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Sustainable consumption (sometimes abbreviated to "SC") is the use of products and services in ways that minimize impacts on the environment in order for human needs to be met in the present but also for future generations. Sustainable consumption is often paralleled with sustainable production; consumption refers to use and disposal (or recycling) not just by individuals and households, but also by governments, businesses, and other organizations. Sustainable consumption is closely related to sustainable production and sustainable lifestyles. "A sustainable lifestyle minimizes ecological impacts while enabling a flourishing life for individuals, households, communities, and beyond. It is the product of individual and collective decisions about aspirations and about satisfying needs and adopting practices, which are in turn conditioned, facilitated, and constrained by societal norms, political institutions, public policies, infrastructures, markets, and culture."
The United Nations includes analyses of efficiency, infrastructure, and waste, as well as access to basic services, green and decent jobs, and a better quality of life for all within the concept of sustainable consumption. Sustainable consumption shares a number of common features and is closely linked to sustainable production and sustainable development. Sustainable consumption, as part of sustainable development, is part of the worldwide struggle against sustainability challenges such as climate change, resource depletion, famines, and environmental pollution.
Sustainable development as well as sustainable consumption rely on certain premises such as:
- Effective use of resources, and minimization of waste and pollution
- Use of renewable resources within their capacity for renewal
- The reuse and upcycling of product life-cycles so that consumer items are utilized to maximum potential
- Intergenerational and intragenerational equity
Goal 12 of the Sustainable Development Goals seeks to "ensure sustainable consumption and production patterns".
Studies found that systemic change for "decarbonization" of humanity's economic structures or root-cause system changes above politics are required for a substantial impact on global warming. Such changes may result in more sustainable lifestyles, along with associated products, services and expenditures, being structurally supported and becoming sufficiently prevalent and effective in terms of collective greenhouse gas emission reductions.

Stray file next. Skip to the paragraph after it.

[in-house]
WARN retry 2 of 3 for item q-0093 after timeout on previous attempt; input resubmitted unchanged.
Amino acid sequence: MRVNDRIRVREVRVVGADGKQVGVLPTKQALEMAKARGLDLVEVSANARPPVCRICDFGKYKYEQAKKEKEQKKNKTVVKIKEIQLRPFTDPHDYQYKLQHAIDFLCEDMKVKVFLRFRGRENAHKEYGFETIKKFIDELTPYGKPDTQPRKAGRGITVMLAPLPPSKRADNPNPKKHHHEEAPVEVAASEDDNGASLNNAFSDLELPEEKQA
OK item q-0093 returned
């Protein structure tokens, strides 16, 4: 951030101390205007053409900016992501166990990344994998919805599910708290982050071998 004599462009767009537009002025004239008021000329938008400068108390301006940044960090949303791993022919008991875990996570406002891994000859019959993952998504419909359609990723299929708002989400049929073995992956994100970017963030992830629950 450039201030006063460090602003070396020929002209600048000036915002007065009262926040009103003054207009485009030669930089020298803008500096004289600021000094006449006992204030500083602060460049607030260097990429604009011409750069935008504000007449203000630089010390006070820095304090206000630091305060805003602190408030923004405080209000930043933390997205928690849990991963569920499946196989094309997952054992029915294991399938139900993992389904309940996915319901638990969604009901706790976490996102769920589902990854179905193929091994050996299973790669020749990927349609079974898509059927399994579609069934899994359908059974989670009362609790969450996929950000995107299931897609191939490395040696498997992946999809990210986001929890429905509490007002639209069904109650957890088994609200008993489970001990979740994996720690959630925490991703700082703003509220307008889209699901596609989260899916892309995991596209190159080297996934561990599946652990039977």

Nevertheless, ethical consumerism usually only refers to individual choices, and not the consumption behavior and/or import and consumption policies by the decision-making of nation-states. These have however been compared for road vehicles, CO2 emissions (albeit without considering emissions embedded in imports) and meat consumption per capita as well as by overconsumption.
Life-cycle assessments could assess the comparative sustainability and overall environmental impacts of products – including (but not limited to): "raw materials, extraction, processing and transport; manufacturing; delivery and installation; customer use; and end of life (such as disposal or recycling)".
Sustainable food consumption
The environmental impacts of meat production (and dairy) are large: raising animals for human consumption accounts for approximately 40% of the total amount of agricultural output in industrialized countries. Grazing occupies 26% of the earth's ice-free terrestrial surface, and feed crop production uses about one third of all arable land. A global food emissions database shows that food systems are responsible for one third of the global anthropogenic GHG emissions. Moreover, there can be competition for resources, such as land, between growing crops for human consumption and growing crops for animals, also referred to as "food vs. feed" (see also: food security).